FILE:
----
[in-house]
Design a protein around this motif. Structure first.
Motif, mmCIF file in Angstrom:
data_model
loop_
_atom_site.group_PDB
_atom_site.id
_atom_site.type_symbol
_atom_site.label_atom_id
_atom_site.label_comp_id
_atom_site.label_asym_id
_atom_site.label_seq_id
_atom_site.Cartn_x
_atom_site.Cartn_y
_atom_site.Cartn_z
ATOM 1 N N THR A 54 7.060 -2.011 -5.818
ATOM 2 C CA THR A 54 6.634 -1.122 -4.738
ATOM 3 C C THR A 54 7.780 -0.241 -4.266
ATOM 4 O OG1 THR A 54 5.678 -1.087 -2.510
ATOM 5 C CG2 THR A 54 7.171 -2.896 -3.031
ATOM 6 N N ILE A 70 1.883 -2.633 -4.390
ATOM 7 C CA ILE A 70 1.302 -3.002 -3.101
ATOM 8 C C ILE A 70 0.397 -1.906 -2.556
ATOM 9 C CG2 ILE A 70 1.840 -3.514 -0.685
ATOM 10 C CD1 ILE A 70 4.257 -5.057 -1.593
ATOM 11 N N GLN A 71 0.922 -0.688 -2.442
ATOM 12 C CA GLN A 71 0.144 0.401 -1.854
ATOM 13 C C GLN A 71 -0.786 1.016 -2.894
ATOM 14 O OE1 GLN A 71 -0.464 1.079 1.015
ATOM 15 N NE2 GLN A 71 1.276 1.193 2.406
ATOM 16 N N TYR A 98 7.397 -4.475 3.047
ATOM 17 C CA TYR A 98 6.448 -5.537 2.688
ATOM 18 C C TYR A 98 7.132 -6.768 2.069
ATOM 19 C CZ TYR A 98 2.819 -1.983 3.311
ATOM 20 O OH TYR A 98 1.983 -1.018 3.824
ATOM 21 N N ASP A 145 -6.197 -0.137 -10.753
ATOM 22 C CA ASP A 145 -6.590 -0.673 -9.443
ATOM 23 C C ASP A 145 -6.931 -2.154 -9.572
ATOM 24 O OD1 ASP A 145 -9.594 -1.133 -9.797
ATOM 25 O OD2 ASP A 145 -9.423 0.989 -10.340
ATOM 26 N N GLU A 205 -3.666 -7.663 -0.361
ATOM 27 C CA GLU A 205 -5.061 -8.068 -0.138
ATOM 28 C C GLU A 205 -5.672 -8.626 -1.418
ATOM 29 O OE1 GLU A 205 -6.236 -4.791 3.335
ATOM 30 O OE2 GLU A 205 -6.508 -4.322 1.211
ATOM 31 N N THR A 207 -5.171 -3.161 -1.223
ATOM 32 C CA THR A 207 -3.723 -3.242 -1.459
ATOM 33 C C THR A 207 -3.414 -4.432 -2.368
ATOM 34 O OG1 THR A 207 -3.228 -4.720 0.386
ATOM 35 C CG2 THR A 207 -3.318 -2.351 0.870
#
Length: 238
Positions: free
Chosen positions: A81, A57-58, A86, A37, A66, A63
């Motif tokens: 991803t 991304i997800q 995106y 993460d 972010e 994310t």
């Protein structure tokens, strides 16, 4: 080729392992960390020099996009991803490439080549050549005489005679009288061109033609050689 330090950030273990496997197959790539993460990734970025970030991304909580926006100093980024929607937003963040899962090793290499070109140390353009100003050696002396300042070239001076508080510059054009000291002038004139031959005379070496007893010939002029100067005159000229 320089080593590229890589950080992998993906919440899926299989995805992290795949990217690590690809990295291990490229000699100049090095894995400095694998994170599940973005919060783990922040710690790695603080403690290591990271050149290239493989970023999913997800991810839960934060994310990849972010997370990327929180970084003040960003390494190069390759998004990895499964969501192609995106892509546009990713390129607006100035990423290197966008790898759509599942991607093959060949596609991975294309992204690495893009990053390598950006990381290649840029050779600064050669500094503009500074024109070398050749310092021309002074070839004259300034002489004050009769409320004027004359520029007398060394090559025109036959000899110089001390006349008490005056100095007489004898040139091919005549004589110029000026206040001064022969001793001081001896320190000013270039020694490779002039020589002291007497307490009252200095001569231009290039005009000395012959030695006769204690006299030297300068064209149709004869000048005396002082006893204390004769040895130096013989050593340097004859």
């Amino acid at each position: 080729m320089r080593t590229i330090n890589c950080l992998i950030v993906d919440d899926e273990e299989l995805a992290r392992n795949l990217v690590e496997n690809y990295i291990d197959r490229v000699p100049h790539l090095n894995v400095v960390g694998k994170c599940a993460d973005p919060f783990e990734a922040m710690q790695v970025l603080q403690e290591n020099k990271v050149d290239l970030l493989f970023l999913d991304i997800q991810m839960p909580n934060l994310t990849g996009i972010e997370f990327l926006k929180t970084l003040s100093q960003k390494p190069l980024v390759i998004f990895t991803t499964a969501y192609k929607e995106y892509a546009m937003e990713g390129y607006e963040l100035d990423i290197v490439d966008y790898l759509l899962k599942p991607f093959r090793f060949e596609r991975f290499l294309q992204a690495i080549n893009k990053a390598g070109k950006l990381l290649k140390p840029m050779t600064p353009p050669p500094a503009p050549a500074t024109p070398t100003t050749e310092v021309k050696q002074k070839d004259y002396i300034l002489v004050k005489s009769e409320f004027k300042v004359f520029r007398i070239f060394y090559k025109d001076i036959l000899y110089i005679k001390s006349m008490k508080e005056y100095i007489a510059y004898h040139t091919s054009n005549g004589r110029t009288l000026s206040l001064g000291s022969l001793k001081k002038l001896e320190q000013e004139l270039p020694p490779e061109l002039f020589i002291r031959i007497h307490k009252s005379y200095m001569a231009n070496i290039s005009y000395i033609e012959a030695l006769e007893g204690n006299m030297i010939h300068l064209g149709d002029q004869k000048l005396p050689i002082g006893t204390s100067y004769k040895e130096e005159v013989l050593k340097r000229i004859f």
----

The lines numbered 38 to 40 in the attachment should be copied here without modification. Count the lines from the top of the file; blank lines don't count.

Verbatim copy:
ATOM 23 C C ASP A 145 -6.931 -2.154 -9.572
ATOM 24 O OD1 ASP A 145 -9.594 -1.133 -9.797
ATOM 25 O OD2 ASP A 145 -9.423 0.989 -10.340